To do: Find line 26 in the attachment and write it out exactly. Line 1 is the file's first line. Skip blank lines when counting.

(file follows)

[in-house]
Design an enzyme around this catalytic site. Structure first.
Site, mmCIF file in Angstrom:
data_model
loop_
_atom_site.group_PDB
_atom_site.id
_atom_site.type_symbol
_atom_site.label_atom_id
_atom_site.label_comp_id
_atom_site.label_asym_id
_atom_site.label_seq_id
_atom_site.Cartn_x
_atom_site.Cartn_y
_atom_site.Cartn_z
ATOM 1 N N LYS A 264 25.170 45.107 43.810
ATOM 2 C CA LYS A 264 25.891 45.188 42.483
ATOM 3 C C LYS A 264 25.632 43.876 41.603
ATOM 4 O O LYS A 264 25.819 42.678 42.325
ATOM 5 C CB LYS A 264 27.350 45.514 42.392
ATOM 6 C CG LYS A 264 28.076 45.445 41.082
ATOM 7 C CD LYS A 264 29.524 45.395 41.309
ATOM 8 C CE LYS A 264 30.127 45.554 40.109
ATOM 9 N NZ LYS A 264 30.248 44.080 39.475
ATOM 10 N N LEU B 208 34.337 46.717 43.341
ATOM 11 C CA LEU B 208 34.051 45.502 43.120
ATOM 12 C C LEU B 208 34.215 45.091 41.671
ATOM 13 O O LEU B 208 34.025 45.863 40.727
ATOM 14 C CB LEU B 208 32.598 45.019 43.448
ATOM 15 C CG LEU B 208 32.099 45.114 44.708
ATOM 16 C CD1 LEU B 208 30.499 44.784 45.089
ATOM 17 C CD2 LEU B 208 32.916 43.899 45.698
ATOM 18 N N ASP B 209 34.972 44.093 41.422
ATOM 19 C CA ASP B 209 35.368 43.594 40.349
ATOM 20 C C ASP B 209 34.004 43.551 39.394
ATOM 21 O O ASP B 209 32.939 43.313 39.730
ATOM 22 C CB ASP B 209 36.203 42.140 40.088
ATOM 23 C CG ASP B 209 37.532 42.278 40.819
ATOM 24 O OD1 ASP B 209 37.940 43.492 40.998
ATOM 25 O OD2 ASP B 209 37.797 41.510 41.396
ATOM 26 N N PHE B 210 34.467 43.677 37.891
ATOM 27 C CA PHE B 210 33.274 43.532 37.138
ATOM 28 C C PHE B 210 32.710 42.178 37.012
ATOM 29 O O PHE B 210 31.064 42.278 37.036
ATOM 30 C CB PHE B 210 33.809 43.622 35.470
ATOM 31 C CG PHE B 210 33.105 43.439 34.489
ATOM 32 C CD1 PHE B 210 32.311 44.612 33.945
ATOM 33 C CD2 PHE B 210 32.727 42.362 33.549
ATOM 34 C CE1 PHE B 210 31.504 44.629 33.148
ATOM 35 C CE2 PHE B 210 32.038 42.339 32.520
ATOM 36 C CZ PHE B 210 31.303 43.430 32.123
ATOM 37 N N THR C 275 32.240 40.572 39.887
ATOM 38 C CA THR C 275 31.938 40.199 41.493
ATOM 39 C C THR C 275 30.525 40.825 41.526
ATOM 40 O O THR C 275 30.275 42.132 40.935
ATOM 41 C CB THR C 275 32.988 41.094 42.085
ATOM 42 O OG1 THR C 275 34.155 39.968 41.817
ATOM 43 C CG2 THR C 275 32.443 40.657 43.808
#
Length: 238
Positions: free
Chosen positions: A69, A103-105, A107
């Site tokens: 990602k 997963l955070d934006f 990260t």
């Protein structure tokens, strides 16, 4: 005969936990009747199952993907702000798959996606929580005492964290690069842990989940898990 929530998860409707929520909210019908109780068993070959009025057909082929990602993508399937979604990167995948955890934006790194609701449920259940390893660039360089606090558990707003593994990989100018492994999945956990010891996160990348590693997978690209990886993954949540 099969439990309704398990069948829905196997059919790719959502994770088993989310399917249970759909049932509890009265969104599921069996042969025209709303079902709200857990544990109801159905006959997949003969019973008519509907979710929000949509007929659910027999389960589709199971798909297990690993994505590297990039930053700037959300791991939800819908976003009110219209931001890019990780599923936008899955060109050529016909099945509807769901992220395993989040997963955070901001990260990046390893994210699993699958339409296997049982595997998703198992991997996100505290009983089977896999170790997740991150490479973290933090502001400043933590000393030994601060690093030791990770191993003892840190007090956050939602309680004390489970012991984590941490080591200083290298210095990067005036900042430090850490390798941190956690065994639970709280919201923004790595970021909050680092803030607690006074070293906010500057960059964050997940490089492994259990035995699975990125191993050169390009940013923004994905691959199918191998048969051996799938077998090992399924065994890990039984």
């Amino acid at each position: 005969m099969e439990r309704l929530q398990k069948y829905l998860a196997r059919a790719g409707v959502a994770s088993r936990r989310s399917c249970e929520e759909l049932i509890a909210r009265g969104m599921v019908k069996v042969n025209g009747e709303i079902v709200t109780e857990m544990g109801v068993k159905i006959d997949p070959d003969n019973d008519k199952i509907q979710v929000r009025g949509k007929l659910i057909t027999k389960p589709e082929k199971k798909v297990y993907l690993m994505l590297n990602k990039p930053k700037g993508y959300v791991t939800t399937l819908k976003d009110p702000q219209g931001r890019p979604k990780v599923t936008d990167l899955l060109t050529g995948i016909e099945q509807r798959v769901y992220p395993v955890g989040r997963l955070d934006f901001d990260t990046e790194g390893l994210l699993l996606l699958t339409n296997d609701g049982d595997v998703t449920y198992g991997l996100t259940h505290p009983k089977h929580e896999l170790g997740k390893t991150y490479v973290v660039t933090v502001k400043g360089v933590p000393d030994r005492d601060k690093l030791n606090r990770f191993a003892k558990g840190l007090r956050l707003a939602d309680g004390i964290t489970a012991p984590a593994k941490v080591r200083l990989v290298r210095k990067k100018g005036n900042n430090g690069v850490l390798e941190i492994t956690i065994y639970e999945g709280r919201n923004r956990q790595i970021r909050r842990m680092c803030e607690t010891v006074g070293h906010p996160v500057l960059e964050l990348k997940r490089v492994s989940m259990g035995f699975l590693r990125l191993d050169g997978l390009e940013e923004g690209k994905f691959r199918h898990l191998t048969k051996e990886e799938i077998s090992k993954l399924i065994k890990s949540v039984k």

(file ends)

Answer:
ATOM 11 C CA LEU B 208 34.051 45.502 43.120